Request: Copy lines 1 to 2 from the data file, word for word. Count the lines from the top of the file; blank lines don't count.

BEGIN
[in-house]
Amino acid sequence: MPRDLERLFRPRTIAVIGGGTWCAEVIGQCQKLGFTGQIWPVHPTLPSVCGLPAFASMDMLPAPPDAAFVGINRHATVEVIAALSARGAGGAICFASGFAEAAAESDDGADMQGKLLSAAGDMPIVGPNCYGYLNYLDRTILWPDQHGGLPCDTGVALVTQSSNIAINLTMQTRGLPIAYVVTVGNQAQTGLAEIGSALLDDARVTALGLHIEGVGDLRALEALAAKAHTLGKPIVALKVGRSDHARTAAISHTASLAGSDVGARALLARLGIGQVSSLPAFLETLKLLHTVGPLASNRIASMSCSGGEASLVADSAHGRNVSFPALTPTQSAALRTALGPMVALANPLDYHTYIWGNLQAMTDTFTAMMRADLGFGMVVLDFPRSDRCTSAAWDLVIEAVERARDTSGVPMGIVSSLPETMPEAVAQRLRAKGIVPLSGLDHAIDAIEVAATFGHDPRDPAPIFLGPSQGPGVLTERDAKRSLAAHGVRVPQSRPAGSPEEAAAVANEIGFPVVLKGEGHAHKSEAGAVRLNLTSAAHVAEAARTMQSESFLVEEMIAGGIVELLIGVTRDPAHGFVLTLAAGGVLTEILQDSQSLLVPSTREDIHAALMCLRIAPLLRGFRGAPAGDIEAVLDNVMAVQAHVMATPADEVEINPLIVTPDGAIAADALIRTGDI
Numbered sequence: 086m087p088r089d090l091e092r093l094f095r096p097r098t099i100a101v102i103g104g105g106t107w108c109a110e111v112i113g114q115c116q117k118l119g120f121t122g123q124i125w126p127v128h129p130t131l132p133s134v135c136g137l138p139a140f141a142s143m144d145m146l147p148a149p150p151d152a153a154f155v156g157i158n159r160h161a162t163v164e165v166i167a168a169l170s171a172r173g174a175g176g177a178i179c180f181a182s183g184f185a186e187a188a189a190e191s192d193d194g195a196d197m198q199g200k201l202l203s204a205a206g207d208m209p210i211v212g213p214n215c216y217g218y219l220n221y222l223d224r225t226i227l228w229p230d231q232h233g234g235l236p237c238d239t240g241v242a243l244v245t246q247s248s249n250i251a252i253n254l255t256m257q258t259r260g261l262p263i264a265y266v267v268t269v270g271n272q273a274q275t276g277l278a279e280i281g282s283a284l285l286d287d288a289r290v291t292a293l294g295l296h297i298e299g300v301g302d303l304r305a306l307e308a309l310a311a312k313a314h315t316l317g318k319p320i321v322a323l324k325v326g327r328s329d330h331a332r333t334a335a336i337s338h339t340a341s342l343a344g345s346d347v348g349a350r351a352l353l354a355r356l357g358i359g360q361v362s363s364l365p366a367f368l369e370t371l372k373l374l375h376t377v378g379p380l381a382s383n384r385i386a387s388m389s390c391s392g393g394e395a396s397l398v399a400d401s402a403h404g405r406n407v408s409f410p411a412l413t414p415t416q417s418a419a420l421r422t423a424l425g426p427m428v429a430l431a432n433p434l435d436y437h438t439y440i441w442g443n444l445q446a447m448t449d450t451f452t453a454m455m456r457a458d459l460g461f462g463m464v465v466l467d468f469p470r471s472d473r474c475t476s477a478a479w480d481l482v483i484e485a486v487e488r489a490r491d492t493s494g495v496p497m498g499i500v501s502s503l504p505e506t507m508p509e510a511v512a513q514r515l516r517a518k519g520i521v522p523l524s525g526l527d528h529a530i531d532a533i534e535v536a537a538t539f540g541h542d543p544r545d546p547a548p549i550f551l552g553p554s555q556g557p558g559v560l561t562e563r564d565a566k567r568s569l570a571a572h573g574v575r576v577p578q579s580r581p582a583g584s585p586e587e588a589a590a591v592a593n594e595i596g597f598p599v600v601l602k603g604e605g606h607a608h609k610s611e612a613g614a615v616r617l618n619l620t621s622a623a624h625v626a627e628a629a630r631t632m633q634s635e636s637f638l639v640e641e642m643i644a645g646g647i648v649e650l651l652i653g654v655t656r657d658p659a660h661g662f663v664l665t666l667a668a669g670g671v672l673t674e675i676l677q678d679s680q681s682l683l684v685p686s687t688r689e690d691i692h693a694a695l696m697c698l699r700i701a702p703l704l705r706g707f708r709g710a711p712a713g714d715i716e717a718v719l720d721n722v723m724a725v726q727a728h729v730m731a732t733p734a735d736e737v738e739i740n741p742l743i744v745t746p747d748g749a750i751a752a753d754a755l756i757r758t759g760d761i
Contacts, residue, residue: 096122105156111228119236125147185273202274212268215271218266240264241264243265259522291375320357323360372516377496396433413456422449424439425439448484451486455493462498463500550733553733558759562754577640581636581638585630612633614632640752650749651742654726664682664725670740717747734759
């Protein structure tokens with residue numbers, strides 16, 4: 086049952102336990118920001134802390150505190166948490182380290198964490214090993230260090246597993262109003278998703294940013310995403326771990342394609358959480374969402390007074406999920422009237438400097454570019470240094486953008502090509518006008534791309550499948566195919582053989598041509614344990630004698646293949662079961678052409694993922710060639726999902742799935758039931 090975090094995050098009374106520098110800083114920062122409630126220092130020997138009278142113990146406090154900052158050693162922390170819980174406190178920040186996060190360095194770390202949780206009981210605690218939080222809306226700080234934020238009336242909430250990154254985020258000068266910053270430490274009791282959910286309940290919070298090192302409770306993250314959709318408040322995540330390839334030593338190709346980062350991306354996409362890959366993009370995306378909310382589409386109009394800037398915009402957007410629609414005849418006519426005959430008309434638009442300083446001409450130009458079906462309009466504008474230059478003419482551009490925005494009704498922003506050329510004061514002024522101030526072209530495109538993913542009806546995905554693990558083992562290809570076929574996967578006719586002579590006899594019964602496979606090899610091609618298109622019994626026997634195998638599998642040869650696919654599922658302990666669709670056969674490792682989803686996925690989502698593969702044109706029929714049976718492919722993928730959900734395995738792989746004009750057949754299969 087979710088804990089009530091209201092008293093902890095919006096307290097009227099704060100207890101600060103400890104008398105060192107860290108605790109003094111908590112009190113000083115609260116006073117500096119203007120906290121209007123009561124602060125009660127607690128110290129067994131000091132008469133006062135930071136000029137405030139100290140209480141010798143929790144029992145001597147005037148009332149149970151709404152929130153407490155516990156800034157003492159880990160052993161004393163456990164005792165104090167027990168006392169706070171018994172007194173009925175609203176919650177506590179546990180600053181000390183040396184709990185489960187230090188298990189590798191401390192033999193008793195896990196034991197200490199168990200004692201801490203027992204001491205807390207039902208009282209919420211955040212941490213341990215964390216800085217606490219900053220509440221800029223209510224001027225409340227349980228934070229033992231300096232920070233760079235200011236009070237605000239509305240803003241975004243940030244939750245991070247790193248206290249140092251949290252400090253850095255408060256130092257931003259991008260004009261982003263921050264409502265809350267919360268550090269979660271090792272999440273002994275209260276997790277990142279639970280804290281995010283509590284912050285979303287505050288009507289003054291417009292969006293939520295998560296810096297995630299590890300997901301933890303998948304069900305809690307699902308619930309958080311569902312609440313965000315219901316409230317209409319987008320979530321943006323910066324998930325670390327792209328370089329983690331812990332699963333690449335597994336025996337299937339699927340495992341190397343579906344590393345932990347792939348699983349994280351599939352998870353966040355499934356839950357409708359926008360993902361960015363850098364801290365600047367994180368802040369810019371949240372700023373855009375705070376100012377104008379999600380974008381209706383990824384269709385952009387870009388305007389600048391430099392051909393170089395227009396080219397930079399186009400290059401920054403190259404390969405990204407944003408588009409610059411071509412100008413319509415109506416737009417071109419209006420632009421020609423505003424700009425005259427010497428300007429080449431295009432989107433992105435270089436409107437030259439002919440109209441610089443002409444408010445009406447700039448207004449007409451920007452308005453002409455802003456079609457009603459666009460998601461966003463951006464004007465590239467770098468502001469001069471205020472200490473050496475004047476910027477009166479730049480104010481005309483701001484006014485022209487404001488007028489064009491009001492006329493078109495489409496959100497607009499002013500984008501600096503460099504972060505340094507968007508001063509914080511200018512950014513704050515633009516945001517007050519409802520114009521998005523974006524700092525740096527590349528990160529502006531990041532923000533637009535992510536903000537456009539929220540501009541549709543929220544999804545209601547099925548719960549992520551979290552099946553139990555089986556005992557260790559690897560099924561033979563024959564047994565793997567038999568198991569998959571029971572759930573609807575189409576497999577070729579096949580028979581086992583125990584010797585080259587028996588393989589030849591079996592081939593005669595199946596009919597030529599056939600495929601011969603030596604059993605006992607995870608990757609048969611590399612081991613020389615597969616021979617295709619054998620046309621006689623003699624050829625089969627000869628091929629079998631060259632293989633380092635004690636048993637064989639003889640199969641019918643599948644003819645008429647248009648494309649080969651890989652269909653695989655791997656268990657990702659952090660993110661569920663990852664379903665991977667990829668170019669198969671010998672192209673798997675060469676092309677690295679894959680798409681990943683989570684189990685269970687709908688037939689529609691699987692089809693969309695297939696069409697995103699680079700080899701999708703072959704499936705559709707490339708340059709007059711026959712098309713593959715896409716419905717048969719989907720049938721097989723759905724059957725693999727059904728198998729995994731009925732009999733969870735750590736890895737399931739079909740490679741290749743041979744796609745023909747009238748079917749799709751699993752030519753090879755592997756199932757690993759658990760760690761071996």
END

[in-house]
Amino acid sequence: MPRDLERLFRPRTIAVIGGGTWCAEVIGQCQKLGFTGQIWPVHPTLPSVCGLPAFASMDMLPAPPDAAFVGINRHATVEVIAALSARGAGGAICFASGFAEAAAESDDGADMQGKLLSAAGDMPIVGPNCYGYLNYLDRTILWPDQHGGLPCDTGVALVTQSSNIAINLTMQTRGLPIAYVVTVGNQAQTGLAEIGSALLDDARVTALGLHIEGVGDLRALEALAAKAHTLGKPIVALKVGRSDHARTAAISHTASLAGSDVGARALLARLGIGQVSSLPAFLETLKLLHTVGPLASNRIASMSCSGGEASLVADSAHGRNVSFPALTPTQSAALRTALGPMVALANPLDYHTYIWGNLQAMTDTFTAMMRADLGFGMVVLDFPRSDRCTSAAWDLVIEAVERARDTSGVPMGIVSSLPETMPEAVAQRLRAKGIVPLSGLDHAIDAIEVAATFGHDPRDPAPIFLGPSQGPGVLTERDAKRSLAAHGVRVPQSRPAGSPEEAAAVANEIGFPVVLKGEGHAHKSEAGAVRLNLTSAAHVAEAARTMQSESFLVEEMIAGGIVELLIGVTRDPAHGFVLTLAAGGVLTEILQDSQSLLVPSTREDIHAALMCLRIAPLLRGFRGAPAGDIEAVLDNVMAVQAHVMATPADEVEINPLIVTPDGAIAADALIRTGDI